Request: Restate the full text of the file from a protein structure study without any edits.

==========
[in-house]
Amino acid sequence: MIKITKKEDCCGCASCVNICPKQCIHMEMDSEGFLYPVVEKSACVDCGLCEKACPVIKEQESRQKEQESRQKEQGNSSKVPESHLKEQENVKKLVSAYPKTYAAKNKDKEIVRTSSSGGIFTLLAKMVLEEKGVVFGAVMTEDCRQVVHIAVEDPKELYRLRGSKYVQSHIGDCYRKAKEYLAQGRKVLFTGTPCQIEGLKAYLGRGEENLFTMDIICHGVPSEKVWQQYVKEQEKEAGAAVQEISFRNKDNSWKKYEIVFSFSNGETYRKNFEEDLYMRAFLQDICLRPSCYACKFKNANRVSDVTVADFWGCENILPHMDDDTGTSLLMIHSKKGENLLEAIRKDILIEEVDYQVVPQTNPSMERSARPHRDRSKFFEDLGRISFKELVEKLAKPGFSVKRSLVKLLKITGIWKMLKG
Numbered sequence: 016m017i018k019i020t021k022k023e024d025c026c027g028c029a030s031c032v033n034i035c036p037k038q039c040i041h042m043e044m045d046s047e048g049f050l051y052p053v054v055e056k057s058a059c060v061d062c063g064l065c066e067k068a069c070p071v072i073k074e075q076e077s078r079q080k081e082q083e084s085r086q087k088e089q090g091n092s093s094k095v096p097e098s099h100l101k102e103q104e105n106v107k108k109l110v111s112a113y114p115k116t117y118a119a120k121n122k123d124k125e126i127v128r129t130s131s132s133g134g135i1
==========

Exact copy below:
[in-house]
Amino acid sequence: MIKITKKEDCCGCASCVNICPKQCIHMEMDSEGFLYPVVEKSACVDCGLCEKACPVIKEQESRQKEQESRQKEQGNSSKVPESHLKEQENVKKLVSAYPKTYAAKNKDKEIVRTSSSGGIFTLLAKMVLEEKGVVFGAVMTEDCRQVVHIAVEDPKELYRLRGSKYVQSHIGDCYRKAKEYLAQGRKVLFTGTPCQIEGLKAYLGRGEENLFTMDIICHGVPSEKVWQQYVKEQEKEAGAAVQEISFRNKDNSWKKYEIVFSFSNGETYRKNFEEDLYMRAFLQDICLRPSCYACKFKNANRVSDVTVADFWGCENILPHMDDDTGTSLLMIHSKKGENLLEAIRKDILIEEVDYQVVPQTNPSMERSARPHRDRSKFFEDLGRISFKELVEKLAKPGFSVKRSLVKLLKITGIWKMLKG
Numbered sequence: 016m017i018k019i020t021k022k023e024d025c026c027g028c029a030s031c032v033n034i035c036p037k038q039c040i041h042m043e044m045d046s047e048g049f050l051y052p053v054v055e056k057s058a059c060v061d062c063g064l065c066e067k068a069c070p071v072i073k074e075q076e077s078r079q080k081e082q083e084s085r086q087k088e089q090g091n092s093s094k095v096p097e098s099h100l101k102e103q104e105n106v107k108k109l110v111s112a113y114p115k116t117y118a119a120k121n122k123d124k125e126i127v128r129t130s131s132s133g134g135i1